Every day starts afresh. It was with some trepidation that I got out of my cushy motel bed this morning & checked out the sky. There had been intense storms much of the night with lots of lightning and rain. Glad I wasn't in the tent. The sky at 7AM was mixed clouds and clear, wind out of the north. Weather radio (the motel TV did not get the weather channel!) said there would be more storms today, 70 percent chance of rain. I ate about 3 people's worth of the continental breakfast offering and packed up my stuff. Which I had cleaned up from yesterday's adventures by way of the motel bathtub. Didn't make too much of a mess.
Out on the road headed south for Pierre, it was clear sky ahead, and dark clouds in my mirror. With the wind largely behind me and the roads paved, it was smooth sailing. The road runs along the flat top of the mesa, very little topography to deal with.
I stop to help a guy whose car has broken down. I'm able to determine that the electronic ignition system is not functioning, but that's about as far as I could take it. In the meantime another guy who seems to be a friend of the disabled guy drives up. After much expression of appreciation for my stopping, I get on the bike & ride on. I think the guy was sort of amazed that someone on a bicycle would stop and get his hands dirty trying to fix a car.
Along the roadside, fields of sunflowers have not yet dried off enough from last night's rain to get themselves oriented to face the sun.
I stop for a snack at an abandoned farm, and a bunch of non-threatening dogs come out of the barn to greet me. Apparently they had been abandoned too, and they really wanted some of my peanut butter. That was not going to happen.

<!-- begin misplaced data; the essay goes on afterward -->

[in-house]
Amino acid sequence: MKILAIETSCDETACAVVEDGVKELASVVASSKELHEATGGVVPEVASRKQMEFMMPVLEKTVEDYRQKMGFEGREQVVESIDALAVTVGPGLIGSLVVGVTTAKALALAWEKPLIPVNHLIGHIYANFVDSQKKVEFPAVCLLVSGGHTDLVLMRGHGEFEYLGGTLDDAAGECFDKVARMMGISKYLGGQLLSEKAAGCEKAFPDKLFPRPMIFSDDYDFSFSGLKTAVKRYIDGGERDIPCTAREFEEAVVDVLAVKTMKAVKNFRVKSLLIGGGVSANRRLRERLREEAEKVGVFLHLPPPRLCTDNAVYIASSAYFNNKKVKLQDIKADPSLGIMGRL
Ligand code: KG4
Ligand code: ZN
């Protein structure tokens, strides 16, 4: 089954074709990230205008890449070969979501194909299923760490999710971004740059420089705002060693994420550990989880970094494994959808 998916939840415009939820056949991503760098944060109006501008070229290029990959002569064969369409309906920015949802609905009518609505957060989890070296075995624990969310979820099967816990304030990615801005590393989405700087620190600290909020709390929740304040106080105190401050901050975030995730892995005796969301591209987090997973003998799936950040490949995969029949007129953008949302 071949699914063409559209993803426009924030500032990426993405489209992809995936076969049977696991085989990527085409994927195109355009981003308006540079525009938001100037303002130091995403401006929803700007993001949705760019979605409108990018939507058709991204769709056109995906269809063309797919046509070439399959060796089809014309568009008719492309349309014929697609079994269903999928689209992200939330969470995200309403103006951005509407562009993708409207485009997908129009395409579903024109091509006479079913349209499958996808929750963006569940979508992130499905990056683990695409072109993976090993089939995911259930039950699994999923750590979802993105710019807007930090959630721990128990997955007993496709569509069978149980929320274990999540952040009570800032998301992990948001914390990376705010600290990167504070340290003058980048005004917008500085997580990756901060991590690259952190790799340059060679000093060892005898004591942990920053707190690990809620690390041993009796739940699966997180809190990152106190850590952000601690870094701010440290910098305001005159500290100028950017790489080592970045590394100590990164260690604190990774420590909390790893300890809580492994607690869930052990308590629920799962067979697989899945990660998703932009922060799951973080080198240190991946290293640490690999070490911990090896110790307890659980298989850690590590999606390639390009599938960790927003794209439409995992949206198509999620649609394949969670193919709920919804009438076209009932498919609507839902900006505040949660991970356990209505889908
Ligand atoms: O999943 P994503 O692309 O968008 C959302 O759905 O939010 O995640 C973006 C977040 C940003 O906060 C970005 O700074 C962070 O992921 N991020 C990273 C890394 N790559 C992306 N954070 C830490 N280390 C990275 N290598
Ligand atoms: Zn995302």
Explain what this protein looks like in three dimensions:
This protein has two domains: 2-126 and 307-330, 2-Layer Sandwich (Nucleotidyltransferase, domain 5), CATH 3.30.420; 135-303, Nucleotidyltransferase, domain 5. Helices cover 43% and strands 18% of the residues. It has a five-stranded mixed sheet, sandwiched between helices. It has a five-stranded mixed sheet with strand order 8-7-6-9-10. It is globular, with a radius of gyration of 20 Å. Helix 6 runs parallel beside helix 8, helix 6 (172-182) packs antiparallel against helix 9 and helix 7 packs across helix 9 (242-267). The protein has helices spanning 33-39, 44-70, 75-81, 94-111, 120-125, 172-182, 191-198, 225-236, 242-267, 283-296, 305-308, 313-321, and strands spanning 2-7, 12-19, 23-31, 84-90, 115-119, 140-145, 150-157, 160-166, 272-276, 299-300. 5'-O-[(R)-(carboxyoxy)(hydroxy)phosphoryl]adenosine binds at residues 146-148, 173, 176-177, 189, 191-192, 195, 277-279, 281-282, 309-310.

barn full of abandoned dogs
I stop a couple of times to photograph old trucks. After a while, I come within visual range of a bright yellow crop duster who is obviously having a lot of fun doing his thing to a field of sunflowers. The plane would make a pass just above the top of the plants for the mile or so length of the field, then do a tight circle back up to the other end of the field, swoop down and make the next pass. It was cool to watch, I didn't get any pictures.
In time I came to the Oahe Dam, where the low pool level was visually apparent.
Then it was just 5 or 6 more miles of the 56 into Pierre, which I made by about 1PM. Not bad for a relatively lazy start.
It never did rain, I hope all those clouds in my mirror went and rained on Akaska. Those people could use some more rain. On reflection I would have booked a room in the rundown motel in Akaska yesterday and hung out if the people had been friendly. It certainly would have been logical. But they were cold.
Pierre is not Akaska. It's probably one of the most user-friendly state capitals you'll find anywhere. There are only about 14K people living in the city, which makes it about one third the size of Charlottesville, and there's no Albemarle County surrounding Pierre. I navigated the city to various destinations by hailing people at stop lights and asking directions, like "where's the post office?" or "where's a grocery store". After giving me directions, the people would wait up a couple of blocks along to make sure I made the turn. Really quite nice of them.